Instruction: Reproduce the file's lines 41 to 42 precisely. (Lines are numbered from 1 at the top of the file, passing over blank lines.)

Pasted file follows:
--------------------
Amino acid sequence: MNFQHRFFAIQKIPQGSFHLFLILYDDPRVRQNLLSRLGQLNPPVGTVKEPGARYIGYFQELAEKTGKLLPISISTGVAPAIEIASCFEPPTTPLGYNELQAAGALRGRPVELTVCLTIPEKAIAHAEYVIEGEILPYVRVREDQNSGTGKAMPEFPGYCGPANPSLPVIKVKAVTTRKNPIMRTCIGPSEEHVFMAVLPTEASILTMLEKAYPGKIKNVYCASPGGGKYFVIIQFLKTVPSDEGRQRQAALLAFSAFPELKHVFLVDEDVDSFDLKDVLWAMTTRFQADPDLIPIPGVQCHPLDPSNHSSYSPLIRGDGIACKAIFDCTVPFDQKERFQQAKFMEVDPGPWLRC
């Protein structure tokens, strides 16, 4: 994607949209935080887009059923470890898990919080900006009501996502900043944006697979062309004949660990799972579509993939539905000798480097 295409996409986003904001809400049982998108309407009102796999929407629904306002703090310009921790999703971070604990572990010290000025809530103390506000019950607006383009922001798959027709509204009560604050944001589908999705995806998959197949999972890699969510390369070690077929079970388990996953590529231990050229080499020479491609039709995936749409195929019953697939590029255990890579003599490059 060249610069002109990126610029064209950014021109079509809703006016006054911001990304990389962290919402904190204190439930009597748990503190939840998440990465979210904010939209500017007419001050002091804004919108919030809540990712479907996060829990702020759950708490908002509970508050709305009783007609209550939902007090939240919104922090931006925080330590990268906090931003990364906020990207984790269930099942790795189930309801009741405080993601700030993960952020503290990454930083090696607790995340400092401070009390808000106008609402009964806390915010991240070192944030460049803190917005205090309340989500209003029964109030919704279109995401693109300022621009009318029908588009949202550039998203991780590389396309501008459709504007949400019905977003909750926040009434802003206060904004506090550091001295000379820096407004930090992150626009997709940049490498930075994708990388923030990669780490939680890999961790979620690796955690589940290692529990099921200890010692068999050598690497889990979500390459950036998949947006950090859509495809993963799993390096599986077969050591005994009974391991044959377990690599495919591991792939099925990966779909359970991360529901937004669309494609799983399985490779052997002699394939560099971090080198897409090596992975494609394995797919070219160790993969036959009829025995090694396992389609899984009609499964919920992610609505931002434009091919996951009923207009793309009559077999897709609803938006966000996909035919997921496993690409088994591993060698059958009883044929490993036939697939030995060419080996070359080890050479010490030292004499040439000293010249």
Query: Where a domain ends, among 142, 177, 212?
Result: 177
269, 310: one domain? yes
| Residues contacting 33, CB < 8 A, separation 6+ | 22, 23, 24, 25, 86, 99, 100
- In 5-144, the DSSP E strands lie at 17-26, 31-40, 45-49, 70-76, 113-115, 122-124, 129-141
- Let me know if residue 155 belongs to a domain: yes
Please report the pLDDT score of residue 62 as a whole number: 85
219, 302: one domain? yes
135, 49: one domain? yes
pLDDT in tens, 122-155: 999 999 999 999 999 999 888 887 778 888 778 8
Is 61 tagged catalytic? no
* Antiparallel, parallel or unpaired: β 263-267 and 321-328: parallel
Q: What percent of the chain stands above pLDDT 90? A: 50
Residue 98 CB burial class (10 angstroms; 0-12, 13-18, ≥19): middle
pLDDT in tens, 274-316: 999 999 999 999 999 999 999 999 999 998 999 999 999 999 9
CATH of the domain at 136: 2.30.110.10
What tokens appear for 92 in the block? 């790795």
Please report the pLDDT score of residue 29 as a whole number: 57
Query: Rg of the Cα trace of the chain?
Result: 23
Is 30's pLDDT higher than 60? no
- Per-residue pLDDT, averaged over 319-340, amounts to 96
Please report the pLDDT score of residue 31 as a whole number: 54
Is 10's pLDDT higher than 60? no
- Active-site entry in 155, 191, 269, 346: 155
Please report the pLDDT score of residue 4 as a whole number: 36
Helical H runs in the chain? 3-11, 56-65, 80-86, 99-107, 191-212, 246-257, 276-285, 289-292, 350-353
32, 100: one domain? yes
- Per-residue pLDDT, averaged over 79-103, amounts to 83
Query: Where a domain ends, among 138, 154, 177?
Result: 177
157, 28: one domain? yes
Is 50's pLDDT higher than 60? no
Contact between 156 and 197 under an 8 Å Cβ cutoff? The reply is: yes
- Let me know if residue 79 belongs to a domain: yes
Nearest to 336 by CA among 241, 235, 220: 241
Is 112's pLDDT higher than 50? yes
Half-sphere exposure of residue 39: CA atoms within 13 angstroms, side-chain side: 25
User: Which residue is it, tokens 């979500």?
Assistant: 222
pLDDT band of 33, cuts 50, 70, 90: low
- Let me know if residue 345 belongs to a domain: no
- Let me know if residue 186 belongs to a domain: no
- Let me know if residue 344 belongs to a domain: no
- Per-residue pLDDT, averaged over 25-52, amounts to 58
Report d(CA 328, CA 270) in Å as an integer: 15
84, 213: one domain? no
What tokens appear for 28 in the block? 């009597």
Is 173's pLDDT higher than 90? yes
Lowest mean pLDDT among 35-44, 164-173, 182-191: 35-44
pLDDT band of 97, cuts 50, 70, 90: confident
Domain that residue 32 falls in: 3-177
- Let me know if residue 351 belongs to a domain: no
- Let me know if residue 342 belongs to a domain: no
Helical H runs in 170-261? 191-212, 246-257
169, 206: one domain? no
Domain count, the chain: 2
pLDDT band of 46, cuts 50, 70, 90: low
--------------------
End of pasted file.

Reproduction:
User: Which residue is it, tokens 């979500």?
Assistant: 222